At least 321 people in 14 states and New York City have become infected with Cyclospora, a parasite that can contaminate produce and cause gastrointestinal symptoms in people who consume it. At least 18 people have been hospitalized since the first cases were reported in mid-June. No deaths have been reported.
Officials with the Centers for Disease Control and Prevention (CDC) have yet to identify the source of the outbreak, although previous outbreaks have been linked to produce. The parasite is typically found in the tropics and not indigenous to the United States, which suggests the culprit could be produce imported from another country. The likely suspects include raspberries, lettuce, snow peas and basil.
Investigators say there could be more than one source, and that the case counts may include some international travel-associated cases included in the totals.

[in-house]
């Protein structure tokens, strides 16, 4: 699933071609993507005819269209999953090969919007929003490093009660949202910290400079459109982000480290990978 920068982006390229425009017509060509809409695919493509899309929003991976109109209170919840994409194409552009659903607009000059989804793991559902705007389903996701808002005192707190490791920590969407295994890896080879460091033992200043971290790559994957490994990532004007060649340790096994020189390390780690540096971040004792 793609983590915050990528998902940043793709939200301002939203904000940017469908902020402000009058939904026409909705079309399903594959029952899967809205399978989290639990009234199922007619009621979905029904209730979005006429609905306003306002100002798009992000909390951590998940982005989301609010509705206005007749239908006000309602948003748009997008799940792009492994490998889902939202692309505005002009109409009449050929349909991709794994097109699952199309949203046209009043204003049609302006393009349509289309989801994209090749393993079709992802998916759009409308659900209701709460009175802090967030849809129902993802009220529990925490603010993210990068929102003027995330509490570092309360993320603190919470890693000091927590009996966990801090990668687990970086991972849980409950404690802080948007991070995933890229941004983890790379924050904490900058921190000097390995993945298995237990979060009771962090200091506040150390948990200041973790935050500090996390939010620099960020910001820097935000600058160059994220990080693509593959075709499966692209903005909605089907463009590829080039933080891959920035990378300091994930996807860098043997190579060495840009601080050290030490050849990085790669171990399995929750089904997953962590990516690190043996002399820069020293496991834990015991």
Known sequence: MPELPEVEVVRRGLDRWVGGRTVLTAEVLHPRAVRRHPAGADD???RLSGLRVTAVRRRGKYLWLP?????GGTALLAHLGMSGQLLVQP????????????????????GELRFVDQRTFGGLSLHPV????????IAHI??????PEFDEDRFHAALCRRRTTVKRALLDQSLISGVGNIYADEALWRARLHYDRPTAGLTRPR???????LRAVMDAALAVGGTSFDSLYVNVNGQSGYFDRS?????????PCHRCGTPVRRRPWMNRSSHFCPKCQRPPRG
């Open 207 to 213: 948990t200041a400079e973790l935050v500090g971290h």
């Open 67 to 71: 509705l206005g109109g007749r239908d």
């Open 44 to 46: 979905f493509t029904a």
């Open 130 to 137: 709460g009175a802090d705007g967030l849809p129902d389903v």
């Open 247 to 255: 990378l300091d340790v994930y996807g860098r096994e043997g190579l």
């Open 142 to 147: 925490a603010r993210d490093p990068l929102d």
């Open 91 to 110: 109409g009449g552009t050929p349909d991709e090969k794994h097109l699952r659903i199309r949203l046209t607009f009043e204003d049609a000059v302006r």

Cyclospora causes flu-like symptoms including diarrhea, nausea, dehydration, fatigue, and weight loss. Symptoms usually appear a week after exposure and if left untreated can linger for a month or more. The parasite cannot be passed from person-to-person, only by eating infected foods. The infection is diagnosed by doctors who can find either the microscopic parasite or its eggs in a stool sample.
To date, the number of cases in each area is as follows: Iowa (138), Texas (71), Nebraska (70), Florida (23), New York City (4), Wisconsin (3), Georgia (3), Missouri (2), and one each in Arkansas, Connecticut, Kansas, Minnesota, New Jersey and Ohio.
Consumers are advised to thoroughly wash their hands after handling produce, and to scrub their fruits and vegetables before eating them.